Transfer of specific immunity to B-cell lymphoma with syngeneic bone marrow in mice: A strategy for using autologous marrow as an anti-tumor therapy
Bone Marrow Transplantation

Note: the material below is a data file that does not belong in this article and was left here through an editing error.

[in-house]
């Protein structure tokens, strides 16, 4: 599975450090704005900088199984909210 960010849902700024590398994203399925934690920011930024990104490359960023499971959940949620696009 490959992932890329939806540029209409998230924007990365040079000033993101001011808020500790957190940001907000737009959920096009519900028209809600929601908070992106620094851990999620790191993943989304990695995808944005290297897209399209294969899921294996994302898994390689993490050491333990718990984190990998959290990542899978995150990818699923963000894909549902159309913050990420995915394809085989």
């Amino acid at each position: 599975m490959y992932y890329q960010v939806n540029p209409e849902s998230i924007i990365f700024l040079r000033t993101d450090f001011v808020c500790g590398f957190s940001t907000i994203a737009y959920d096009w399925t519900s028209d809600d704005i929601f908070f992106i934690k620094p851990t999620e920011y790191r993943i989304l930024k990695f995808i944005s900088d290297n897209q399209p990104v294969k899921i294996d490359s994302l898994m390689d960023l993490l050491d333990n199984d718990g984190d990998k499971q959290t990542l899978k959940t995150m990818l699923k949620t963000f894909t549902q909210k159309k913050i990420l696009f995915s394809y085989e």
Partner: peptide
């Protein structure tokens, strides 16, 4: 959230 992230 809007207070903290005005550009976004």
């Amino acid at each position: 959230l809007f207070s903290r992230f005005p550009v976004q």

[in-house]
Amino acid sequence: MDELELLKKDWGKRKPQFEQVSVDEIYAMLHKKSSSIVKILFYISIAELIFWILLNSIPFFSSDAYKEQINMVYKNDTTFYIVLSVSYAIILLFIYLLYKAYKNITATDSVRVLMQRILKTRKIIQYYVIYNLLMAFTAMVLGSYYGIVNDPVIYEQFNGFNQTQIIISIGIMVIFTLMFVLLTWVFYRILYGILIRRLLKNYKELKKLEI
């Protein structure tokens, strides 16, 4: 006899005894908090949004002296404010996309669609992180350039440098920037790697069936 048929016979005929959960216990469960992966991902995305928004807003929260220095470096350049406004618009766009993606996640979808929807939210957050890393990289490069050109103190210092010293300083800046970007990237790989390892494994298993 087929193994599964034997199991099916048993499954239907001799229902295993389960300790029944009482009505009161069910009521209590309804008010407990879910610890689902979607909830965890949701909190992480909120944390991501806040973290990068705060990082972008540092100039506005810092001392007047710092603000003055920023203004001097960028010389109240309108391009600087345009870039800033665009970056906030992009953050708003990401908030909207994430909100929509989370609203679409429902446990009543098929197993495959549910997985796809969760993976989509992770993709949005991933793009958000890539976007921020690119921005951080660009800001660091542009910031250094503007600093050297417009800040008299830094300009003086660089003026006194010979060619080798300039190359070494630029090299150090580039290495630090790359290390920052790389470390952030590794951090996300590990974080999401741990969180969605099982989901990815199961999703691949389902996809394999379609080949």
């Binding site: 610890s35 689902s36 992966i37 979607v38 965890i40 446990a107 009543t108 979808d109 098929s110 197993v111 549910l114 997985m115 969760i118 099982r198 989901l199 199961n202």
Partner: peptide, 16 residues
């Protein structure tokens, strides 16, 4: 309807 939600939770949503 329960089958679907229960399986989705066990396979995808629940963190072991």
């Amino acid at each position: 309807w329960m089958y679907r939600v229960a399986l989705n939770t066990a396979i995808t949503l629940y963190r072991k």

Persistence of the underlying malignancy remains the major obstacle limiting the success of high-dose chemoradiotherapy with autologous bone marrow transplantation (BMT) for non-Hodgkin's lymphomas. We used the 38C13 murine B-cell lymphoma model to explore the approach of transferring tumor antigen-specific immunity with syngeneic BM as a protective element. Mice serving as syngeneic marrow donors were twice immunized with tumor-derived surface Ig protein, the idiotype of which serves as a tumor-specific antigen, or with a control Ig of matched isotype. Naive lethally irradiated recipients reconstituted with marrow from immune donors showed serologic tumor idiotype-specific immunity, as well as protection against lethal tumor challenge. The immunoprotective effect of immune marrow was also shown in lethally irradiated recipients partially protected by specific immunization post-BMT. Combined donor and recipient immunization also replaced the requirement for the booster immunization of the donor. These results provide the rationale for active immunization with purified surface Ig from autologous tumor as an adjunct to autologous BMT in humans.